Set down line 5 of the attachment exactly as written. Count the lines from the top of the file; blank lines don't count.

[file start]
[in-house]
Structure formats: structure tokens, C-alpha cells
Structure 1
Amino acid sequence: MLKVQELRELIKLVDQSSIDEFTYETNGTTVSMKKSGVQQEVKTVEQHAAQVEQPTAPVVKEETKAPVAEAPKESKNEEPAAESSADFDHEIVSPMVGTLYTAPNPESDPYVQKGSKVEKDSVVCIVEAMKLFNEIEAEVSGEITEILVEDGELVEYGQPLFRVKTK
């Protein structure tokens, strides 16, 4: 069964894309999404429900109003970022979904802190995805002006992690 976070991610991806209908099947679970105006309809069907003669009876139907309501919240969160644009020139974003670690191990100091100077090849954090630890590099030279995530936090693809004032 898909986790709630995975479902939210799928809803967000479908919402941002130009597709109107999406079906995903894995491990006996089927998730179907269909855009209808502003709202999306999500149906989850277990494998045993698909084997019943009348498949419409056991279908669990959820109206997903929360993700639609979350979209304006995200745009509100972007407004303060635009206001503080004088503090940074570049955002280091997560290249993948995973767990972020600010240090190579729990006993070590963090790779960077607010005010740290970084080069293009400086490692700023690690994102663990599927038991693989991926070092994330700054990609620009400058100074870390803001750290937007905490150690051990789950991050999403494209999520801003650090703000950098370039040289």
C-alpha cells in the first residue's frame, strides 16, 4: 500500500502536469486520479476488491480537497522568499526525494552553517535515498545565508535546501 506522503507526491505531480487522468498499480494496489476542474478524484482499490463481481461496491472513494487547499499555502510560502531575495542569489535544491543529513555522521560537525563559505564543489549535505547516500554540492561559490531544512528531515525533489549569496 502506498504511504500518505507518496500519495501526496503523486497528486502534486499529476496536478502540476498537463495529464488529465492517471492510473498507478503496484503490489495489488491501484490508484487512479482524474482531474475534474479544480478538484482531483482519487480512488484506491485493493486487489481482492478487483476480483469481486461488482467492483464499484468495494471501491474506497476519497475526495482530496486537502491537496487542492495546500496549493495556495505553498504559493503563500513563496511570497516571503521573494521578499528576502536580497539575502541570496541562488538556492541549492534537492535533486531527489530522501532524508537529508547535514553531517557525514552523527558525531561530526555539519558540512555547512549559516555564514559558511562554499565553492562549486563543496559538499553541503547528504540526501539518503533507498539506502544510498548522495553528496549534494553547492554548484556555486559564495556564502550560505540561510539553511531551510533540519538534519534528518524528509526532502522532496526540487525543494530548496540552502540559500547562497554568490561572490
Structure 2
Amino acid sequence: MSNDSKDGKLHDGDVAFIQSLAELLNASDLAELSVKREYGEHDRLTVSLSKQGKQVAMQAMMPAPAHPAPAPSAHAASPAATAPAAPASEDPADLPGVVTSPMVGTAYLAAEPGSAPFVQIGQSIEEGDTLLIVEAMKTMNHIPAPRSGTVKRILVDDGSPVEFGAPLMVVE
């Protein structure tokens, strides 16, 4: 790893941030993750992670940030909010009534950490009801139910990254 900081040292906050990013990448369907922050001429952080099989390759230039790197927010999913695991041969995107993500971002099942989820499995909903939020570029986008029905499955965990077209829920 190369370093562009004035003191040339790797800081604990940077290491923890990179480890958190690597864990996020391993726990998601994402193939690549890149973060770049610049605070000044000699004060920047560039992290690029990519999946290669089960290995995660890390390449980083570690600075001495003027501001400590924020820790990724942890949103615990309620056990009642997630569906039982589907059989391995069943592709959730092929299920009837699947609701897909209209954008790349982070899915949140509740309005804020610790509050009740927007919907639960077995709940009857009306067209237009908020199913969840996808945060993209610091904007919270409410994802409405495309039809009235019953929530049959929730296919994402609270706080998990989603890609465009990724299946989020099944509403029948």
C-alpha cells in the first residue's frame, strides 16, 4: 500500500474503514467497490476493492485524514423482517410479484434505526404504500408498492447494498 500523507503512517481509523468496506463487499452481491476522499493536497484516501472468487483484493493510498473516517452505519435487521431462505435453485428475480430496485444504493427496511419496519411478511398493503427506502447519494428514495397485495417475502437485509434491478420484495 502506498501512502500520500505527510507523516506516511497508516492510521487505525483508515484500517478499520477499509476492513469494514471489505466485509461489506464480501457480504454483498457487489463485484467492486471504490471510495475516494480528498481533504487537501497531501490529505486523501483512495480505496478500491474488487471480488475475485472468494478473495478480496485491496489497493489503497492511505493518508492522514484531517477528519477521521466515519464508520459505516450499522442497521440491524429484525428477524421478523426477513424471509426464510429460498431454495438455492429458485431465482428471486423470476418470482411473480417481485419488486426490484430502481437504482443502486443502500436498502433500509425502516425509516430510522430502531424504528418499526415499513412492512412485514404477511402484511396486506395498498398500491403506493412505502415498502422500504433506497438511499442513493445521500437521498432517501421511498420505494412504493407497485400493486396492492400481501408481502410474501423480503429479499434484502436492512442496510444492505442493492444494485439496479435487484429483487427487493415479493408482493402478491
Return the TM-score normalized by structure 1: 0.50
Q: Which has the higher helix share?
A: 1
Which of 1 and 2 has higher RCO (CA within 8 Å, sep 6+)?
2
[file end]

């Protein structure tokens, strides 16, 4: 069964894309999404429900109003970022979904802190995805002006992690 976070991610991806209908099947679970105006309809069907003669009876139907309501919240969160644009020139974003670690191990100091100077090849954090630890590099030279995530936090693809004032 898909986790709630995975479902939210799928809803967000479908919402941002130009597709109107999406079906995903894995491990006996089927998730179907269909855009209808502003709202999306999500149906989850277990494998045993698909084997019943009348498949419409056991279908669990959820109206997903929360993700639609979350979209304006995200745009509100972007407004303060635009206001503080004088503090940074570049955002280091997560290249993948995973767990972020600010240090190579729990006993070590963090790779960077607010005010740290970084080069293009400086490692700023690690994102663990599927038991693989991926070092994330700054990609620009400058100074870390803001750290937007905490150690051990789950991050999403494209999520801003650090703000950098370039040289």